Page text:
Unfortunately, the report doesn’t specify the fate of these 158 DPAs in the hands of the NPA. However, it does in general terms record the dismal performance of the NPA in terms of the 2,093 SAPS offences (all crime categories) that were submitted to it. IPID was, at the time of the compilation of its 2022/23 report, “awaiting an NPA response” on 1,347 cases, while the NPA declined to prosecute in 684 cases.

In total, only 53 NPA prosecutions were launched in 2022/23. In nine of those cases, the NPA subsequently withdrew charges. Not an inspiring record on the part of either IPID or NPA.

Of course, the DPAs I’ve extracted are only part of the picture of SAPS criminality and violence. The same report records the death in police custody cases at 221 (to add to a backlog of 390), 710 unlawful discharge of a service weapon cases (2,563), 122 of rape (196), 228 of torture (959), 3,354 of assault (11,876), and 216 of corruption and other crimes (686 more in the backlog).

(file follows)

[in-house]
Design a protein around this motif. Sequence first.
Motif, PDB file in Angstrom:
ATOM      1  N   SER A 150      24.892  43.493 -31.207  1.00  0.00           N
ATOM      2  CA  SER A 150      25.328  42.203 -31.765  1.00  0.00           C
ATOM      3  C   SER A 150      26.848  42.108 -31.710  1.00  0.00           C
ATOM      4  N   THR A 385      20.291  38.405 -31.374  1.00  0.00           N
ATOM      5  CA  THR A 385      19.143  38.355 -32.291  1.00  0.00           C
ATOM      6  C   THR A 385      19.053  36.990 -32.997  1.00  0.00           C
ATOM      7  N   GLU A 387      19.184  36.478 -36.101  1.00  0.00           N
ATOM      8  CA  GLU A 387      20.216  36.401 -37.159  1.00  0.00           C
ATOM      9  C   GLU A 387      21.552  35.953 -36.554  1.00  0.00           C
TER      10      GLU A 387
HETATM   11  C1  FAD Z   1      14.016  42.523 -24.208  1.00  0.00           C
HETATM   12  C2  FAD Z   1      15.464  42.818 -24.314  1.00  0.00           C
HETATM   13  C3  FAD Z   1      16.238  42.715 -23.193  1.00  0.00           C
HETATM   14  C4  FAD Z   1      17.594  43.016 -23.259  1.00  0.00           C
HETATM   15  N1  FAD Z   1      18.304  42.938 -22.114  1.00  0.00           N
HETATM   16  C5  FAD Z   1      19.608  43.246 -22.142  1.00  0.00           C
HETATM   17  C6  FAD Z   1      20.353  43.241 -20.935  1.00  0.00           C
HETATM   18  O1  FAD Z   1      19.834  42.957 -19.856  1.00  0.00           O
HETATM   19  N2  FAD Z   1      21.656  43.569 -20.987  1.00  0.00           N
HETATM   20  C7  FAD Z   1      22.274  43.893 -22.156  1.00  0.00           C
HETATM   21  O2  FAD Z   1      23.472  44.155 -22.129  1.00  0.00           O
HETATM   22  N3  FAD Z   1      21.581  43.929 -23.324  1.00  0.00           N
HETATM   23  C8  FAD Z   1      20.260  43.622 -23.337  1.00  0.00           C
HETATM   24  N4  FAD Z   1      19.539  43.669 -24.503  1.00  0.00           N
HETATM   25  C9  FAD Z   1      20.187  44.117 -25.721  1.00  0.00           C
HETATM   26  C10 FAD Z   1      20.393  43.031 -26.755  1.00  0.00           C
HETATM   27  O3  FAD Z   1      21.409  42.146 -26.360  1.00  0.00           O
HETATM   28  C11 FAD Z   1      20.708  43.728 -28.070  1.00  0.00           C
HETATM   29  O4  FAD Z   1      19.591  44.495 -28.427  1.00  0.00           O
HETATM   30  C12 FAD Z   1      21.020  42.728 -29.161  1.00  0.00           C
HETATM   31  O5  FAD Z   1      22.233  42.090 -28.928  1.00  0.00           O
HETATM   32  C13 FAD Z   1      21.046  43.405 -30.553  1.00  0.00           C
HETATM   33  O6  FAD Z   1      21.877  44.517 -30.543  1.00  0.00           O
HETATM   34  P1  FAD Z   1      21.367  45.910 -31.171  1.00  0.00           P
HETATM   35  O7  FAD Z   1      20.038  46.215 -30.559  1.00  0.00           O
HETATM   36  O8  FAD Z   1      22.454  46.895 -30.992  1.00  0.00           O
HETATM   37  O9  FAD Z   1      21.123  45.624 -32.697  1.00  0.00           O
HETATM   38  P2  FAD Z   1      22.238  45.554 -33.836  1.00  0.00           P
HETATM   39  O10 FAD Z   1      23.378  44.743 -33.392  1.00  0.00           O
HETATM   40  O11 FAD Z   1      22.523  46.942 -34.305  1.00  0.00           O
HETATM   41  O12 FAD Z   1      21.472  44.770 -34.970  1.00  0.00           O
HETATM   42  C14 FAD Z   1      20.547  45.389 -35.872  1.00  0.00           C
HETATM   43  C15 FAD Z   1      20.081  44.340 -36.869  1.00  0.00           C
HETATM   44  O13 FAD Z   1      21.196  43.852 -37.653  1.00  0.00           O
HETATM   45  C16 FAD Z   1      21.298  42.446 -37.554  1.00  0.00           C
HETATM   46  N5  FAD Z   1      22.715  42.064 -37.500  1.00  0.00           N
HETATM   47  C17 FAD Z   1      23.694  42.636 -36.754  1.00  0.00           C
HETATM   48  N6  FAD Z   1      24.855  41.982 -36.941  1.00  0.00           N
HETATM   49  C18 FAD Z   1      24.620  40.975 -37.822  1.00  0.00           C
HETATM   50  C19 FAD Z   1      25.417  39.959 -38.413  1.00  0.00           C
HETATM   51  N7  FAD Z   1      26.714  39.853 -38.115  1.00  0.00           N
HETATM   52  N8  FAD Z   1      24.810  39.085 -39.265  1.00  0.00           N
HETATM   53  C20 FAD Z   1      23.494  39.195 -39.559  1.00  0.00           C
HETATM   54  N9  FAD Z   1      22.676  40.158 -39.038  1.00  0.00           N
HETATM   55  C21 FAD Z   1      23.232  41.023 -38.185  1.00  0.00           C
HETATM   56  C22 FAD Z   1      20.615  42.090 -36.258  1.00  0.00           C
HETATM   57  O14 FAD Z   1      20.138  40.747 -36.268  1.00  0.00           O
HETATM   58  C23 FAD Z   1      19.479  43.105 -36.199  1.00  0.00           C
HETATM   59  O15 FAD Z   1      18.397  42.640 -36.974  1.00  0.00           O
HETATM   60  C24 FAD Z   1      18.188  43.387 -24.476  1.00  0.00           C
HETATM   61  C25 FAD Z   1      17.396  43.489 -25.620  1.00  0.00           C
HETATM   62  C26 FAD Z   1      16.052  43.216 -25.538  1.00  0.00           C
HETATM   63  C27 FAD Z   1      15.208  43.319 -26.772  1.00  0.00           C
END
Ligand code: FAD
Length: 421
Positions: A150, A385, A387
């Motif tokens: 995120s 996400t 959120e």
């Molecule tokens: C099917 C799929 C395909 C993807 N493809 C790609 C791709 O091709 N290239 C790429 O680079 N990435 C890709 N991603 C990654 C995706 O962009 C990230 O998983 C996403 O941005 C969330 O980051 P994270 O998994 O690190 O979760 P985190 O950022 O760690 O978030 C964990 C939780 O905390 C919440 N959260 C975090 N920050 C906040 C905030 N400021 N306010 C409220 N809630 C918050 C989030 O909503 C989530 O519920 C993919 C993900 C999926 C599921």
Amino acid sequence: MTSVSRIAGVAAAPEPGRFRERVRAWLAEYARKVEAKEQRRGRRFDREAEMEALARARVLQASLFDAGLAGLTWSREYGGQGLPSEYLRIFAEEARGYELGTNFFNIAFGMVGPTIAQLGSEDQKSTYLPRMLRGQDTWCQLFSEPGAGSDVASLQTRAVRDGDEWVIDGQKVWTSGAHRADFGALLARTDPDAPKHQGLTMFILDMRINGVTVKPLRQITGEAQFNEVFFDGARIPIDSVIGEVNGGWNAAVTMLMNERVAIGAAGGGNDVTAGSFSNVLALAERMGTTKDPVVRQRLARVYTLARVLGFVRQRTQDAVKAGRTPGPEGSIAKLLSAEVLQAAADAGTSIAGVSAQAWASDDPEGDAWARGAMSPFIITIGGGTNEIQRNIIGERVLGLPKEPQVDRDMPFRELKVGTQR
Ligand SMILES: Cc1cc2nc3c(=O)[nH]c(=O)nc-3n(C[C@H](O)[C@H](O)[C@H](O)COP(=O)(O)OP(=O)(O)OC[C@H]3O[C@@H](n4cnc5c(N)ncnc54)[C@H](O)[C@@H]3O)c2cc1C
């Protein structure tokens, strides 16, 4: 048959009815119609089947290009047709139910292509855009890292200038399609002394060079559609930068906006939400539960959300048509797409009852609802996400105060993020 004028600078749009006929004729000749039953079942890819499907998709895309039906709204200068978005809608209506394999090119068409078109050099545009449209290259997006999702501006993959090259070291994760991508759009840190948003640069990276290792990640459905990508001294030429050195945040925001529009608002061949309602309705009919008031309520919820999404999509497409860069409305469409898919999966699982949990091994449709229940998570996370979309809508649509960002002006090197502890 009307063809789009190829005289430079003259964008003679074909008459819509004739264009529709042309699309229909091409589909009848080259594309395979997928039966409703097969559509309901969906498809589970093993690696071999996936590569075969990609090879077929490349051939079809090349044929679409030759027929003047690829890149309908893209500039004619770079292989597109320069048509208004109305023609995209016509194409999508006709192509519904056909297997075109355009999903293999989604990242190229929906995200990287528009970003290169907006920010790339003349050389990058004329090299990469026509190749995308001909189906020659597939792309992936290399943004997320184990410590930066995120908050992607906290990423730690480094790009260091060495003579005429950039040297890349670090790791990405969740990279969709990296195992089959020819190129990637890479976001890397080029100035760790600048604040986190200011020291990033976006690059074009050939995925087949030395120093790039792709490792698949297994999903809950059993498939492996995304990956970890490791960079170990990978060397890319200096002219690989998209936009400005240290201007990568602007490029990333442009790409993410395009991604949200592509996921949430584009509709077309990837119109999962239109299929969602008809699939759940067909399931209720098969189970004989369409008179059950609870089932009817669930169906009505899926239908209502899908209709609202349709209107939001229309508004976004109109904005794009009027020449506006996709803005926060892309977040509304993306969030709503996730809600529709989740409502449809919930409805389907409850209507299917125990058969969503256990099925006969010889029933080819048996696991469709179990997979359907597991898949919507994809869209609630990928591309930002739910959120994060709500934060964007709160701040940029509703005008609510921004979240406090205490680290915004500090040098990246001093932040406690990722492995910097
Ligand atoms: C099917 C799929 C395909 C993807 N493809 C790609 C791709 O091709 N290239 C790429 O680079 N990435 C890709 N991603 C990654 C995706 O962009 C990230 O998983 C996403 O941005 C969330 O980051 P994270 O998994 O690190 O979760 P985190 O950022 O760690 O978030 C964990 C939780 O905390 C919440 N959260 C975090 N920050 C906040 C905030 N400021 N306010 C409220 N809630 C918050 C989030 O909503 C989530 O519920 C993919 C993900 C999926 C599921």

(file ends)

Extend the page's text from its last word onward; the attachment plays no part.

ISSA’s Newham points out that given the extent of South Africa’s troubled and violent landscape, IPID with its limited resources can never on its own be an effective watchdog over the police. While it is desirable to strengthen IPID, that alone would not suffice — SAPS leadership has to take full responsibility and be held directly accountable for ensuring that all police members uphold the standards contained in the SAPS Codes of Ethics and Conduct.

“Unfortunately”, says Newham, “this has not happened, and therefore there are large numbers of police members who behave unlawfully as evidenced by the R2.5 billion that SAPS has had to pay victims of police misconduct over the past five years.”

In the meanwhile, ordinary South Africans will continue to be the meat in the sandwich. Criminal thugs on the one side, criminal cops on the other.

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This article was first published by PoliticsWeb and is republished with permission.